Boehner blocks doors, secures millions in campaign pledges from colleagues

House Minority Leader John BoehnerJohn Andrew BoehnerDems face hard choice for State of the Union response Even some conservatives seem open to return to earmarks Overnight Finance: Trump, lawmakers take key step to immigration deal | Trump urges Congress to bring back earmarks | Tax law poised to create windfall for states | Trump to attend Davos | Dimon walks back bitcoin criticism MORE (R-Ohio) on Wednesday persuaded his GOP colleagues to pledge millions of dollars to the National Republican Congressional Committee (NRCC), according to lawmakers.

BoehnerJohn Andrew BoehnerDems face hard choice for State of the Union response Even some conservatives seem open to return to earmarks Overnight Finance: Trump, lawmakers take key step to immigration deal | Trump urges Congress to bring back earmarks | Tax law poised to create windfall for states | Trump to attend Davos | Dimon walks back bitcoin criticism MORE pledged to give $1 million if members of his conference vowed to deliver $3 million.

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And as the time came to call on members for donations, Boehner pointed to an individual standing next to the entrance to the meeting room and said, “Block the doors. Nobody’s leaving.”

Within 35 minutes, the NRCC had raised more than $4 million in pledges from members, including Boehner’s check for $1 million.

Boehner has contributed nearly $2 million to the NRCC, in addition to hundreds of fundraising events for candidates and GOP challengers this election cycle.

Lawmakers in the room explained that members were excited to make Boehner live up to the million-dollar challenge.

Republican Reps.  Joe Barton (Texas), Kevin McCarthy (Calif.), Hal Rogers (Ky.), Tom Price (Ga.), Paul RyanPaul Davis RyanGOP leaders pitch children's health funding in plan to avert shutdown Lawmakers see shutdown’s odds rising Fix what we’ve got and make Medicare right this year MORE (Wis.), Doc HastingsRichard (Doc) Norman HastingsCongress just resolved a 20-year debate over Neolithic remains Boehner hires new press secretary GOP plots new course on Endangered Species Act reform MORE (Wash.), Robert AderholtRobert Brown AderholtConservative rips Appropriations chairman over no vote on tax reform CBS series 'Madam Secretary' exploring 'fake news' plot Trump launches all-out assault on Mueller probe MORE (Ala.), Jeb Hensarling (Texas), Buck McKeon (Calif.), Candice Miller (Mich.), Steven LaTourette (Ohio), Mario Diaz-Balart (Fla.) and Aaron Schock (Ill.) were among those lawmakers who stood up to pledge six-figure sums.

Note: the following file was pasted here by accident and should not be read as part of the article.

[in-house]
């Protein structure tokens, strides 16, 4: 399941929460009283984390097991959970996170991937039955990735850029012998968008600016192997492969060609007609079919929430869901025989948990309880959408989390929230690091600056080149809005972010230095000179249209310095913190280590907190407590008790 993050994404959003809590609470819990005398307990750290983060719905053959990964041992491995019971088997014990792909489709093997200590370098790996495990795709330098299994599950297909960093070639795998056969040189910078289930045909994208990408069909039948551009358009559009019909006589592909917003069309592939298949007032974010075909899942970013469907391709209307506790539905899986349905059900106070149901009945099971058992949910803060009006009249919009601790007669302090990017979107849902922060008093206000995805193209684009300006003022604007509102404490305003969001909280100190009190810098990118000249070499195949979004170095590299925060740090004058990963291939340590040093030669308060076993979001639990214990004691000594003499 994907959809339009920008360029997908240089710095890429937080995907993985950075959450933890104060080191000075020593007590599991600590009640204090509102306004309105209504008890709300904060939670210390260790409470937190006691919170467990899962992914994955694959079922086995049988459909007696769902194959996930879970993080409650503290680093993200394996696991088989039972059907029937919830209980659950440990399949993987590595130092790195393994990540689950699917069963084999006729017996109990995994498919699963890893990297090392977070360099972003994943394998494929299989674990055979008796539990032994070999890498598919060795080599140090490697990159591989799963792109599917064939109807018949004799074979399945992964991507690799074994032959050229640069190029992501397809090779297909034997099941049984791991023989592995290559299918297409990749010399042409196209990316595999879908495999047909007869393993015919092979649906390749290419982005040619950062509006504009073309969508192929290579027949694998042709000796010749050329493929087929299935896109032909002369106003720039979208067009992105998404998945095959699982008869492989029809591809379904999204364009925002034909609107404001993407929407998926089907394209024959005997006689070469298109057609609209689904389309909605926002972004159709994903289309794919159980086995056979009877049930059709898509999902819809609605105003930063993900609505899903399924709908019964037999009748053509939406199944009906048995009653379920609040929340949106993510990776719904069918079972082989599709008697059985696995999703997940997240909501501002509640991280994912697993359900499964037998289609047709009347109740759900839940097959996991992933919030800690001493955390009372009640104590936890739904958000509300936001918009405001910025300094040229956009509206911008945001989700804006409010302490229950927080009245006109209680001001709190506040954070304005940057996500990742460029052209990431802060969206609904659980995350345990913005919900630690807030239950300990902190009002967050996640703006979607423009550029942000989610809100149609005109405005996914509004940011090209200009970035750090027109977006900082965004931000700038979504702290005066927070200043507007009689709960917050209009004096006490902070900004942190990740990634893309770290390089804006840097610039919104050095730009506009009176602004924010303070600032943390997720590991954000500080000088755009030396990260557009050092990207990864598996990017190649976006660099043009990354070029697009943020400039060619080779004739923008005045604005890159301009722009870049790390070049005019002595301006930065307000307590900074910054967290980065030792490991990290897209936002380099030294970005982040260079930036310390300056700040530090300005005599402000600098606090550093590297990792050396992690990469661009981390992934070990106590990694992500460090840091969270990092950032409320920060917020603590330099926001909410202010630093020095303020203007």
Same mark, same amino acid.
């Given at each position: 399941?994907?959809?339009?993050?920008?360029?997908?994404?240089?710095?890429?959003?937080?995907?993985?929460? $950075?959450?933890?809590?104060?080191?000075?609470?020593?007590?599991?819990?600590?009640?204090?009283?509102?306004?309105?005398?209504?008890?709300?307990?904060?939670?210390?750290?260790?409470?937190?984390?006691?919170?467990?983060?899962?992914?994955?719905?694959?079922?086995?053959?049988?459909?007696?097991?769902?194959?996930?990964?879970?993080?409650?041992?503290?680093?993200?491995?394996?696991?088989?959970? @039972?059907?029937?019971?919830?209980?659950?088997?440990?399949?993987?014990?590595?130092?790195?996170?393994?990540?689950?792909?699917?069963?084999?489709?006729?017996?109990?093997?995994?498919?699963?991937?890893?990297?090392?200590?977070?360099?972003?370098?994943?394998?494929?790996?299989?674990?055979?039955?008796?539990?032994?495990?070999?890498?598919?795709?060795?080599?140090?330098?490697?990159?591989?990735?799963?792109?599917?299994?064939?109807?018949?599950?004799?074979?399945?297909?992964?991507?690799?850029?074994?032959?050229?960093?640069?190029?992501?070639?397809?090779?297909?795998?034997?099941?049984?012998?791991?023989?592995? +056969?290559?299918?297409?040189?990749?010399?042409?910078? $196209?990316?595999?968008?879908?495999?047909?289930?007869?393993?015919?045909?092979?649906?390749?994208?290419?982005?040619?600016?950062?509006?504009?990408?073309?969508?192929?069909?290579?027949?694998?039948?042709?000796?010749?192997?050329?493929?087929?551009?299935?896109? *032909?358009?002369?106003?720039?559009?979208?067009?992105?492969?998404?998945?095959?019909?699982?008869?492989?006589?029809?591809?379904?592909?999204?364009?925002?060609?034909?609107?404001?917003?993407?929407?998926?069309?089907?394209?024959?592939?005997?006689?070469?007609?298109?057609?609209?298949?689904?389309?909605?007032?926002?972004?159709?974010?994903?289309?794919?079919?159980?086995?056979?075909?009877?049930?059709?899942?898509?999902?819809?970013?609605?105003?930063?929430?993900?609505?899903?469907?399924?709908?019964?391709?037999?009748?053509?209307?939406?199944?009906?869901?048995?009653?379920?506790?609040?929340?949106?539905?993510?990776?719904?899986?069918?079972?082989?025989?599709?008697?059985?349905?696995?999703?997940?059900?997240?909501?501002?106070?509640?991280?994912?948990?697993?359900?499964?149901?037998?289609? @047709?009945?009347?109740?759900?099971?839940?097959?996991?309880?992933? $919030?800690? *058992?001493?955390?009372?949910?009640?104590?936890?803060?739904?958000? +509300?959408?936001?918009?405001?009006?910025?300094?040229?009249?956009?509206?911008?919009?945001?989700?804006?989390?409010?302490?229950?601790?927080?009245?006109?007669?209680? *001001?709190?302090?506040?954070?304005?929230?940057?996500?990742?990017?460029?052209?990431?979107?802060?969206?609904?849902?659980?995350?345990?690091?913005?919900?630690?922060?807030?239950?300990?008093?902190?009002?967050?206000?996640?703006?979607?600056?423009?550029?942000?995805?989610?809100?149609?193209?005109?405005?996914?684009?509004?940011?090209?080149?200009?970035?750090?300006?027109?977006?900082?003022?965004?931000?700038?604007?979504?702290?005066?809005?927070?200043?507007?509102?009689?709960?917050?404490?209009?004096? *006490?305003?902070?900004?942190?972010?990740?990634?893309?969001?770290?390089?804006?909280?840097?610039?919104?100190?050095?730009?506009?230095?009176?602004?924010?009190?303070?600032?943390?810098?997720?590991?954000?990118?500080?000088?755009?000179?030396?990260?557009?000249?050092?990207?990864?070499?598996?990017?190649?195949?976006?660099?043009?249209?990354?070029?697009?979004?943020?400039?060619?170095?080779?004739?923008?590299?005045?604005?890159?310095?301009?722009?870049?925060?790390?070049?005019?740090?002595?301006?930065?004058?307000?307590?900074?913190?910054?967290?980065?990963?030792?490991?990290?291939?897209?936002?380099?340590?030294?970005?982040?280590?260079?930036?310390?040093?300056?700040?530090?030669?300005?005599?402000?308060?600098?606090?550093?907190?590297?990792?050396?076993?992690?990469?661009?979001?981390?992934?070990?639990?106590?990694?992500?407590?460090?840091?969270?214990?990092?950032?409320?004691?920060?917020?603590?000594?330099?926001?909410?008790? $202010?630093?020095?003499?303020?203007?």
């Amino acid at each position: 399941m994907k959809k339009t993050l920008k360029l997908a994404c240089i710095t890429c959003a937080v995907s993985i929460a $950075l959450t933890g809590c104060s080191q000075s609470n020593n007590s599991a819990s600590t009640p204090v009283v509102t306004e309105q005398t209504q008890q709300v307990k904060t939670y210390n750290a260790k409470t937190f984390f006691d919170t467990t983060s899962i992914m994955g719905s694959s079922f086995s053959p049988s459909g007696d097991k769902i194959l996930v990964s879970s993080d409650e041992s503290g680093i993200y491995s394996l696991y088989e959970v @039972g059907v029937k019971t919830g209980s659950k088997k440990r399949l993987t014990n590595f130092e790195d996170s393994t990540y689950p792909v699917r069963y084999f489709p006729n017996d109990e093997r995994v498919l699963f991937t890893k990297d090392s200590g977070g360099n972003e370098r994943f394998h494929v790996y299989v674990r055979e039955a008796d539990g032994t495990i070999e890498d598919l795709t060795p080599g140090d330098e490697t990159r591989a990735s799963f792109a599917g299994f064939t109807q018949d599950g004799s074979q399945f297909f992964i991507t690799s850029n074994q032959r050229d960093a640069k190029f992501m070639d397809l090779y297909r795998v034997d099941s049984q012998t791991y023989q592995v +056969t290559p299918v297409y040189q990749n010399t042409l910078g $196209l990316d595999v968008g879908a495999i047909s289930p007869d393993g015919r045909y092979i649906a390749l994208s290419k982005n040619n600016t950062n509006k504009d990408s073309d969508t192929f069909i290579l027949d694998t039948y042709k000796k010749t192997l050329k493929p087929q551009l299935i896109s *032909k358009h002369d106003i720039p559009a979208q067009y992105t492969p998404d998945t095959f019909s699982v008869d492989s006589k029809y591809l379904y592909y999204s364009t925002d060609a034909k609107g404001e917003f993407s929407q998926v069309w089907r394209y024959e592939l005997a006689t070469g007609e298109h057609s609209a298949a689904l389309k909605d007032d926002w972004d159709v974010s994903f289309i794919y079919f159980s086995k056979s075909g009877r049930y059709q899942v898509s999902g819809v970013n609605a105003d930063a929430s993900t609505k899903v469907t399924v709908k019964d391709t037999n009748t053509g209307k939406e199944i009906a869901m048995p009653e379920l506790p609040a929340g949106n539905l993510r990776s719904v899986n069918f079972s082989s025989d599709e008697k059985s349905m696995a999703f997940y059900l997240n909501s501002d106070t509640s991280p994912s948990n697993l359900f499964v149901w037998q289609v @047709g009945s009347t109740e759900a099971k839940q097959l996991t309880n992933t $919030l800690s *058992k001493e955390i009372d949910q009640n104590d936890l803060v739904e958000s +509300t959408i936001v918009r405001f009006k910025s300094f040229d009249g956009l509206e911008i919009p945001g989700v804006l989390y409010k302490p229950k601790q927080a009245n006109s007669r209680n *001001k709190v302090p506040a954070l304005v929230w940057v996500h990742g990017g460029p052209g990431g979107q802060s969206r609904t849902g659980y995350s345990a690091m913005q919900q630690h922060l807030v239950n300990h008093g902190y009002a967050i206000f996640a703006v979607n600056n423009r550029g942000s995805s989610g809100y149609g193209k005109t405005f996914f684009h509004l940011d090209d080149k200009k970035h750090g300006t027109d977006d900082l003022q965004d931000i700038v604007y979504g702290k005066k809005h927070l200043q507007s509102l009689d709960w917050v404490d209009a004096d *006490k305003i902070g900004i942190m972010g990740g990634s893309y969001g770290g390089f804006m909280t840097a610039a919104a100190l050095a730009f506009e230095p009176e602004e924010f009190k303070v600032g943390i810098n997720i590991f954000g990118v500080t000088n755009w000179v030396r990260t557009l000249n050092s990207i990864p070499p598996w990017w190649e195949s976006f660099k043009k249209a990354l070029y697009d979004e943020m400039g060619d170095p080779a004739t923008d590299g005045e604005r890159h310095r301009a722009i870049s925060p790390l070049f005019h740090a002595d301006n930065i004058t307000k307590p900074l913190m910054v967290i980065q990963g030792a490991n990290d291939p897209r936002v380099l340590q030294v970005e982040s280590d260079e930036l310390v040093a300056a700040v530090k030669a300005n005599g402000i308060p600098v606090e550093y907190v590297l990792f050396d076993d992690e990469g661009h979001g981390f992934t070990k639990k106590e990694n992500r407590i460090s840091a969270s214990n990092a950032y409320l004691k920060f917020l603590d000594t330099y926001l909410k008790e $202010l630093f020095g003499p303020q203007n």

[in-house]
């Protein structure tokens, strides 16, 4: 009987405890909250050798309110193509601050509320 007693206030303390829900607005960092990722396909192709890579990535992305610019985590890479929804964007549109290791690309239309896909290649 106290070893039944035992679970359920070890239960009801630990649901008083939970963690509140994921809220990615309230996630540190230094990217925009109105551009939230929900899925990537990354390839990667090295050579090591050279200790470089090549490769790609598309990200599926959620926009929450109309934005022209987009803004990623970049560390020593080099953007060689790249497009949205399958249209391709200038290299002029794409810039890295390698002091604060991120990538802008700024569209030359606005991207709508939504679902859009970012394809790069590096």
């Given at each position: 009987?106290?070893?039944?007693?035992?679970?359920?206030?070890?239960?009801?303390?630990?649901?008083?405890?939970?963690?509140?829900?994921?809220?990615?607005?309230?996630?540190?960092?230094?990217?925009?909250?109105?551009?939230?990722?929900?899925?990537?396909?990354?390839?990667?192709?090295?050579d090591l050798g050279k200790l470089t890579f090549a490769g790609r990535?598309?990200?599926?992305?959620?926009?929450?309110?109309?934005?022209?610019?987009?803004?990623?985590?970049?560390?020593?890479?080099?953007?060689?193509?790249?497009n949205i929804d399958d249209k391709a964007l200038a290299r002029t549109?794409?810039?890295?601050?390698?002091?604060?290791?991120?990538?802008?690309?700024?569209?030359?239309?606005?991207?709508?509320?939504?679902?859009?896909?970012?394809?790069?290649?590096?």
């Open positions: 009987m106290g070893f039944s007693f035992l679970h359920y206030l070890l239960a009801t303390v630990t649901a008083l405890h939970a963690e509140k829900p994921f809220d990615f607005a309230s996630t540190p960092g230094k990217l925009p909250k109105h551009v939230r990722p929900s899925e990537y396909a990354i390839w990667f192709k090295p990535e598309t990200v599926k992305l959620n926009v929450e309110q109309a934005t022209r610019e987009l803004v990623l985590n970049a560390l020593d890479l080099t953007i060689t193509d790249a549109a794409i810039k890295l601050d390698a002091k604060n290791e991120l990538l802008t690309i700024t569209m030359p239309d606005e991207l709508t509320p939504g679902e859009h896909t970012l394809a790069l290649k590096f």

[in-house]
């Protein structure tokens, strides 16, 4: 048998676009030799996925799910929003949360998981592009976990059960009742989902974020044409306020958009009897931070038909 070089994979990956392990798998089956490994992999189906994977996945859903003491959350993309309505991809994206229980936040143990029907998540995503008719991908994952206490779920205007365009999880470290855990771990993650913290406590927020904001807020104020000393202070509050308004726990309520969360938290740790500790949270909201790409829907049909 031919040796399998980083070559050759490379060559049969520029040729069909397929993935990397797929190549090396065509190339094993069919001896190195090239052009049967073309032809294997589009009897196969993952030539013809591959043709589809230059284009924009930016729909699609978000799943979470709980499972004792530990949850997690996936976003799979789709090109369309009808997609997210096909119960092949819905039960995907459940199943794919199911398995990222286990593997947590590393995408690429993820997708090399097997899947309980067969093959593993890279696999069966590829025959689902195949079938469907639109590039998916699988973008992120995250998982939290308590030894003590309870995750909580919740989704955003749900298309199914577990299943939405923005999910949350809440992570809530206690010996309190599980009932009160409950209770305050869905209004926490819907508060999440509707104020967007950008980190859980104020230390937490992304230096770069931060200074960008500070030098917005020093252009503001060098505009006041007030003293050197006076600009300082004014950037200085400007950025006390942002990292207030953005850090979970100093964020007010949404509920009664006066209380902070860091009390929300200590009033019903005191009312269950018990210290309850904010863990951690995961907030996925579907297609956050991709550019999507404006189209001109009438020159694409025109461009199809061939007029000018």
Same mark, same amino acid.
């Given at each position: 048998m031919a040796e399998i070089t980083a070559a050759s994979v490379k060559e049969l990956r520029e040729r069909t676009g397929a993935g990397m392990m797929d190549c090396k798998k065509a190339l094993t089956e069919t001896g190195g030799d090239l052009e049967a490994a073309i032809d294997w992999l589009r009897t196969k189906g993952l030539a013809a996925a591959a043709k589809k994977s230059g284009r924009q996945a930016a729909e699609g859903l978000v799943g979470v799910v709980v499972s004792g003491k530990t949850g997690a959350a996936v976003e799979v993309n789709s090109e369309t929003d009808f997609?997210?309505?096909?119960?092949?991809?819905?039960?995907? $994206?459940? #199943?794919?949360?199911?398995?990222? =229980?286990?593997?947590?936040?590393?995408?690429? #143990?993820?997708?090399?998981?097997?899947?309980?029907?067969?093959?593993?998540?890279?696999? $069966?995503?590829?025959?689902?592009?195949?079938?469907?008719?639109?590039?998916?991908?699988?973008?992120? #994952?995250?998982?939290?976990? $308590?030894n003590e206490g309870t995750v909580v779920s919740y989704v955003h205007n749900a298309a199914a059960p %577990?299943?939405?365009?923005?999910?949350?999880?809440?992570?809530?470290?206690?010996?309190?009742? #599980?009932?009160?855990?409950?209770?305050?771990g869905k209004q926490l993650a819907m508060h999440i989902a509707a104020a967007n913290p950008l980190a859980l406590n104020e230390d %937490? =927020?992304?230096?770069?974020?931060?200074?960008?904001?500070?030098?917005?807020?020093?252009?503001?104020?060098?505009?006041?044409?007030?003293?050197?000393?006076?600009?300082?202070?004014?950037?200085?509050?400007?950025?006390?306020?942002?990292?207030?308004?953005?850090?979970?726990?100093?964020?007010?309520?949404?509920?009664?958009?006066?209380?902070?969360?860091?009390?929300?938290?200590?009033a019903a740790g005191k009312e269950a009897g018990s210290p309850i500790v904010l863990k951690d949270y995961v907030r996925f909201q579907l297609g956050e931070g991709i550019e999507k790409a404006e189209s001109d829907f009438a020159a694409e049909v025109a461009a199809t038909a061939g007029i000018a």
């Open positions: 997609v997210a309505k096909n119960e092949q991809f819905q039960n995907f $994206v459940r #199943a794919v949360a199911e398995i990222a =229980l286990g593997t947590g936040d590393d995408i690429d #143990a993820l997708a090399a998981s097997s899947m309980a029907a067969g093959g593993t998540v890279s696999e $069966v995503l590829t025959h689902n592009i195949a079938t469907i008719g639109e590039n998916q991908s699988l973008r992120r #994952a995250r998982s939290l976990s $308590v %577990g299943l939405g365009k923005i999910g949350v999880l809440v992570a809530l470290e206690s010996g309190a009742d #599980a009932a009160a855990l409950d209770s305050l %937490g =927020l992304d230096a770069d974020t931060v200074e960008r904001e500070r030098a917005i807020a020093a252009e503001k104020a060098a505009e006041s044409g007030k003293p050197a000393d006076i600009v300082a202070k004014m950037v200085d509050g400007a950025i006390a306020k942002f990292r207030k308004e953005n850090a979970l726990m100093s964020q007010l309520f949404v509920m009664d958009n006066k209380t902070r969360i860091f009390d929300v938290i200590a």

With the majority of the House at stake, both parties are leaning on their members to pony up. 

Speaker Nancy Pelosi (D-Calif.) has strongly pressed her troops for money for the Democratic Congressional Campaign Committee.

Former NRCC Chairman Tom Cole (Okla.) called the amount of pledges in one day “unprecedented.”

Meanwhile, New Jersey Gov. Chris Christie (R) met with House Republicans and nearly two dozen House GOP hopefuls Wednesday at the Capitol Hill Club.

“He talked about how he had stood up to a lot of special interests, put a budget forward that was constitutional and balanced and eventually got his Legislature to accept it. As a consequence, New Jersey has worked its way out of a fairly severe budget deficit, and that was a lesson for all of us going forward,” Rep. Michael BurgessMichael Clifton BurgessHarvey response puts squeeze on GOP Medicaid efficiency is needed now, more than ever In the politics of healthcare reform, past is prologue MORE (R-Texas) told The Hill. 

Rep. Pete King (R-N.Y.) praised the plainspoken governor’s address. 

Christie, according to King, said, “If you could have a heavy governor from New Jersey getting national attention because he’s just doing his job, imagine what will happen to you guys.”

King, the top-ranking Republican on the Homeland Security Committee, said his neighboring state’s governor refrained from discussing the 9/11 mosque controversy that attracted headlines over the summer. 

Last month, Christie was the most prominent Republican to speak out against both parties for turning the issue into a “political football.” 

Cole said Christie should consider running for president. 

“Members were really excited. Christie is certainly already an emerging star — if we’d had a straw poll, he’d be the guy running for president. He was really good,” Cole said. 

Christie’s name has been mentioned as a possible 2012 presidential hopeful, but he has shot down the speculation.

Georgia Rep. Jack Kingston (R) said Christie was the best speaker the conference has heard from in a long time. 

“Put it this way: Based on so many of the speeches here, it’s like going from your child’s guitar recital to hearing Eric Clapton.”

Told of the excitement about Christie’s address to Republicans, Garden State Democratic Rep. Bill Pascrell was unimpressed. 

“Ho hum,” Pascrell said.